ST. LOUIS (AP) -- Two days after city judges rejected a proposal to create a special gun court in St. Louis, Missouri's attorney general and the city's police chief reiterated their support for the new approach at an urban crime summit at St. Louis University.
A formal discussion of the proposed "armed offender docket" isn't scheduled until Thursday, when Circuit Attorney Jennifer Joyce, Circuit Judge John Garvey and a University of Missouri-St. Louis criminology professor will debate the measure.
But the specter of Monday's decision was apparent at the St. Louis University law school event, from Attorney General Chris Koster's introductory remarks to more blunt criticism by city Police Chief Sam Dotson, who called the judges' embrace of a compromise plan to expedite trial dates for those accused of violent crimes mere "window dressing" that won't adequately address rampant gun violence.
"We have a proliferation of illegal guns in the city of St. Louis," Dotson said in an Associated Press interview. "Over 3,000 crimes year-to-date that have been committed with guns in the city. The judiciary did a disservice to the people of the city of St. Louis by not taking on this challenge.
"The police department does a great job of arresting people. But what we're seeing is the outcomes they receive in the court process in many cases don't fit the crime and leave the community vulnerable."
A proposal by Garvey called for a court docket overseen by two judges who would rely on speedier trials and higher cash-only bonds in cases of armed robbery and unlawful use of weapons, with gun-related homicides and assaults remaining on the broader docket. The judges rejected that plan by a vote of 16-11.
"Swift and expedient judgments along with high bonds could have an impact," Dotson said. "The model we have now isn't working as well as it could be. ... (Criminals) are not fearful of a trial that could happen two or three years later."
After the vote, St. Louis Mayor Francis Slay said he planned to ask state lawmakers to require the specialized court when they next meet for the 2014 session starting in January. Dotson offered similar sentiments Wednesday, as did Koster.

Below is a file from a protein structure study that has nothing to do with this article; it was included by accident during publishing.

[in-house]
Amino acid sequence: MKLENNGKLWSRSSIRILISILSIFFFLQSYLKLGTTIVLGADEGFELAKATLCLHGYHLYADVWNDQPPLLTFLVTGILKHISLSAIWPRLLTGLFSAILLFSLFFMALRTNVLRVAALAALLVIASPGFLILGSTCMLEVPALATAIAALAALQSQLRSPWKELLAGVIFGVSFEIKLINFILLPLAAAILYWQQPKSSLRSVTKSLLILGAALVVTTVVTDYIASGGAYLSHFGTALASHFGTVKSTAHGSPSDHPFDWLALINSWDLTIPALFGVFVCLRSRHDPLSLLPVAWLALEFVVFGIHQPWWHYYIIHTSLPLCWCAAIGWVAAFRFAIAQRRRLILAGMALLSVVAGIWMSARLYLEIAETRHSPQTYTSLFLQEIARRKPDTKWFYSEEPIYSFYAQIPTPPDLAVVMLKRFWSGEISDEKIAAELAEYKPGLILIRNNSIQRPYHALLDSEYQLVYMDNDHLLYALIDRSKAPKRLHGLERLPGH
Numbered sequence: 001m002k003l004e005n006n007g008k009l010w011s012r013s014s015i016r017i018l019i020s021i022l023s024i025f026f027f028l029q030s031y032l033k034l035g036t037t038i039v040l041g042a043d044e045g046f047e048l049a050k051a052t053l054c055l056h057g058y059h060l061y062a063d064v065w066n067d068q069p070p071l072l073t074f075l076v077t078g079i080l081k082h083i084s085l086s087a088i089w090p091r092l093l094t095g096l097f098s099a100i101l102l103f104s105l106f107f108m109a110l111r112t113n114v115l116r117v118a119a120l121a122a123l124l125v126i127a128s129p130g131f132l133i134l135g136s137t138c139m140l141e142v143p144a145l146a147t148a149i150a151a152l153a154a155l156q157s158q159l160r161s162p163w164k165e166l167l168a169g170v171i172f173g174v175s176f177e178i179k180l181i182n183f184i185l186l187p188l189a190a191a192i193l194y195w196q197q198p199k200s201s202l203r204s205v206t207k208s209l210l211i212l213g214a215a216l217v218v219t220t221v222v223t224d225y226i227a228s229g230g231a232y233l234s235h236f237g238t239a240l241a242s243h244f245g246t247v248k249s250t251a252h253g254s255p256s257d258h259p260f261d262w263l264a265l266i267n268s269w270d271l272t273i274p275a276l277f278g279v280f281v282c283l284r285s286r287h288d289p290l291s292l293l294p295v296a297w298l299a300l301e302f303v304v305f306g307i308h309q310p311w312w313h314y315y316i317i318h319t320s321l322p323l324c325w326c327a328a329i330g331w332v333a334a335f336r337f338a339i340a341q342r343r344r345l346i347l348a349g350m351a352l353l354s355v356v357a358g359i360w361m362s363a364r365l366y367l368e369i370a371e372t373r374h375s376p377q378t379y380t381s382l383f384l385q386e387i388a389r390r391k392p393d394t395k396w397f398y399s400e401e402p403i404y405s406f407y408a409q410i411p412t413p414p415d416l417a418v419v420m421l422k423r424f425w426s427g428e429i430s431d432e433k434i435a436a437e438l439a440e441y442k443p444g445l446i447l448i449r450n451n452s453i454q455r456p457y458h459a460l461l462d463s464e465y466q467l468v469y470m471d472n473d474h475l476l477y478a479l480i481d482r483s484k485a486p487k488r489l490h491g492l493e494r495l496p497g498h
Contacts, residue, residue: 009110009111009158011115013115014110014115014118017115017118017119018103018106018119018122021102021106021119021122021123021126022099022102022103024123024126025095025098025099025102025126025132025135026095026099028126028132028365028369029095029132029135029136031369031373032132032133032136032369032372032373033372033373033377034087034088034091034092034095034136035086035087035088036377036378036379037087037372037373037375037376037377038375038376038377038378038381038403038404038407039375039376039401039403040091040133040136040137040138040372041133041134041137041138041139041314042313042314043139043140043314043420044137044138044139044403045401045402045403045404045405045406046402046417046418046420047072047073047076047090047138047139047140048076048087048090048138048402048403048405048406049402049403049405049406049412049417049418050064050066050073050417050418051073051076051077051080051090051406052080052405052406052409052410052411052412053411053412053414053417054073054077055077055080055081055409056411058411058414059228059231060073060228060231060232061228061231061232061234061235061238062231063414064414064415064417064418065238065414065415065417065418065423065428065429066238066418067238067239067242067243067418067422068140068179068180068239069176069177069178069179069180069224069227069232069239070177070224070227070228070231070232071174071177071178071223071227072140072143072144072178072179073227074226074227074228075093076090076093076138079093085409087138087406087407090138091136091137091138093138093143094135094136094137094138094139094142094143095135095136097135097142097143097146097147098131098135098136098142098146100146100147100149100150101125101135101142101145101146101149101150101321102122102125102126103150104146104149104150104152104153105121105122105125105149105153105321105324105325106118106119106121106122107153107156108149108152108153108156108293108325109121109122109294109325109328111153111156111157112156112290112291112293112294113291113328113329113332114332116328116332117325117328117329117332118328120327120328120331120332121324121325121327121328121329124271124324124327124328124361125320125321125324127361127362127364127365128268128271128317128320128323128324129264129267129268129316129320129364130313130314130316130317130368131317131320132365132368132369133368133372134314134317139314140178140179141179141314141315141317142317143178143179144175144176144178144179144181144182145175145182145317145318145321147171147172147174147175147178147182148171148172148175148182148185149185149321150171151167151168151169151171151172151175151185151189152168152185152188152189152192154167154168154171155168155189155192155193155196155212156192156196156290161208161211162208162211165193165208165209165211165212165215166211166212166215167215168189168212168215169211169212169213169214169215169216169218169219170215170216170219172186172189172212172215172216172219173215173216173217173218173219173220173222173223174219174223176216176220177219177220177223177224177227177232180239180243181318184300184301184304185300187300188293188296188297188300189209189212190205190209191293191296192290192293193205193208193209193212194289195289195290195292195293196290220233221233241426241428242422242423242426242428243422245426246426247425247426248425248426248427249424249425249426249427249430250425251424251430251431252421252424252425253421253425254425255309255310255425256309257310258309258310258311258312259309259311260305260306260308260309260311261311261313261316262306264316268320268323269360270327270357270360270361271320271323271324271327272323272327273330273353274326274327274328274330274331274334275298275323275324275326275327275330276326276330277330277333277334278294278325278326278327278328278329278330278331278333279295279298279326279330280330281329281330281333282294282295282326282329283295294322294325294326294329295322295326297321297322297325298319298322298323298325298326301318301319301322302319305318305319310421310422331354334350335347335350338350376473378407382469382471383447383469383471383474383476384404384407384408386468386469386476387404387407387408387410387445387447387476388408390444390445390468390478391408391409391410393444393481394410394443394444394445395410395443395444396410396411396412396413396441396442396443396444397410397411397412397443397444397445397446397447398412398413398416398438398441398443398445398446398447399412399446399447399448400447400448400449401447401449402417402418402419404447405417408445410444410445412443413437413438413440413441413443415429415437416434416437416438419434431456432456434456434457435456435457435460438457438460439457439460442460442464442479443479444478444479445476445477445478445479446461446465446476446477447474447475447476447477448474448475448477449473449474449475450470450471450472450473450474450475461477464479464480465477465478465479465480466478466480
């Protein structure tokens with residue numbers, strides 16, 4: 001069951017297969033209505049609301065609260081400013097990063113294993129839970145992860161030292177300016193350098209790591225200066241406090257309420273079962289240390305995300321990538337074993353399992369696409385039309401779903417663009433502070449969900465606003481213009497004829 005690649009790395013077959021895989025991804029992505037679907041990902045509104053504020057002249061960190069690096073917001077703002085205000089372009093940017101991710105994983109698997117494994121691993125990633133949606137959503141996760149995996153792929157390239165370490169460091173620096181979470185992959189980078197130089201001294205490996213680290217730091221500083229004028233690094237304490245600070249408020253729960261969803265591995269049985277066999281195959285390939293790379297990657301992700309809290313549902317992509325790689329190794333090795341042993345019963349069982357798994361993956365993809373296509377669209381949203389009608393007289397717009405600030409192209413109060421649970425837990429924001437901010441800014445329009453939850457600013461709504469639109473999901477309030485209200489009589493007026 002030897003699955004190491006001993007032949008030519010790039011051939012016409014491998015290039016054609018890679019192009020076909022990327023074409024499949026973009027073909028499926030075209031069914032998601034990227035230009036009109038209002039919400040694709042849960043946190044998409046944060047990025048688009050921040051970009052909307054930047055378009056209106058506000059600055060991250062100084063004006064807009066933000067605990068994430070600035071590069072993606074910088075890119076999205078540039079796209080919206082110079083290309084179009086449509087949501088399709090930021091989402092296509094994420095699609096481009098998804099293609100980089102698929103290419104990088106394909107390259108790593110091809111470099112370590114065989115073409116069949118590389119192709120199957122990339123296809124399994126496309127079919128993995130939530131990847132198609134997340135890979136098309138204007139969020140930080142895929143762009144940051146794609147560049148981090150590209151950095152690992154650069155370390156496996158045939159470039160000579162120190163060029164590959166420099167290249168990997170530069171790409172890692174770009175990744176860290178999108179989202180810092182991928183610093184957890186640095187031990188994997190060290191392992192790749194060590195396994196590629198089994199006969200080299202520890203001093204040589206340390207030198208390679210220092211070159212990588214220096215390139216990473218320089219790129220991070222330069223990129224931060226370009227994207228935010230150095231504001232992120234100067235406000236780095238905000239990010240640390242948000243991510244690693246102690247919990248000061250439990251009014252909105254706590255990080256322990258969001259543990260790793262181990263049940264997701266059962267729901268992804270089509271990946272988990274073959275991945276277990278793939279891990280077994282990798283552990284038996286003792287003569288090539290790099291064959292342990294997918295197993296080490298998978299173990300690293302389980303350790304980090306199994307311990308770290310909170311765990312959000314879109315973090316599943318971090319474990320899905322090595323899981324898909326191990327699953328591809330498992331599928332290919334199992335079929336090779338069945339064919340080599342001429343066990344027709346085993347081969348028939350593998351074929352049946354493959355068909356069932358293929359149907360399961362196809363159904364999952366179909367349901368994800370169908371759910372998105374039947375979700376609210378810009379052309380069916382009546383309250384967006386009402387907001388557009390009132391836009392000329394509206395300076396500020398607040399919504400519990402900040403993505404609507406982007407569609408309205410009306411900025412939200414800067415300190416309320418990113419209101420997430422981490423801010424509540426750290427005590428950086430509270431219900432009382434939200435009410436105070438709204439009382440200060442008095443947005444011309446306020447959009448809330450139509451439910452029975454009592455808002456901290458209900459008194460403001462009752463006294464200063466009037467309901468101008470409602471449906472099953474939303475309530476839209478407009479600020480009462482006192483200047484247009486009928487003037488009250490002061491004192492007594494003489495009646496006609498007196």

Judicial systems are belatedly realizing that a one-size-fits-all approach doesn't work, Koster said, responding with specialized courts that handle cases involving the homeless, military veterans, defendants with mental health problems and those struggling with substance abuse. A similar effort focusing on weapons is needed, he said, but will require a political shift as well as a new way of thinking that emphasizes strict punishment early on rather than giving offenders second and third chances.
"Our natural instinct in law enforcement is to increase punishment as the numbers of criminal convictions occur in a defendant's life. So the older you get, and the more crimes you commit, the longer your punishment," he said.
"But when it comes to guns, and gangs, that whole model may need to be readjusted, if not turned on its head. The problem exists in a narrow segment of the population -- largely males between the ages of 17 and 28 -- and not males between the ages of 40 and 50."
A special gun court would also benefit Kansas City, Koster said, and will likely be among the five or 10 recommendations he plans to make in a written report from the crime summit that he expects to release to lawmakers, law enforcement and the public in December.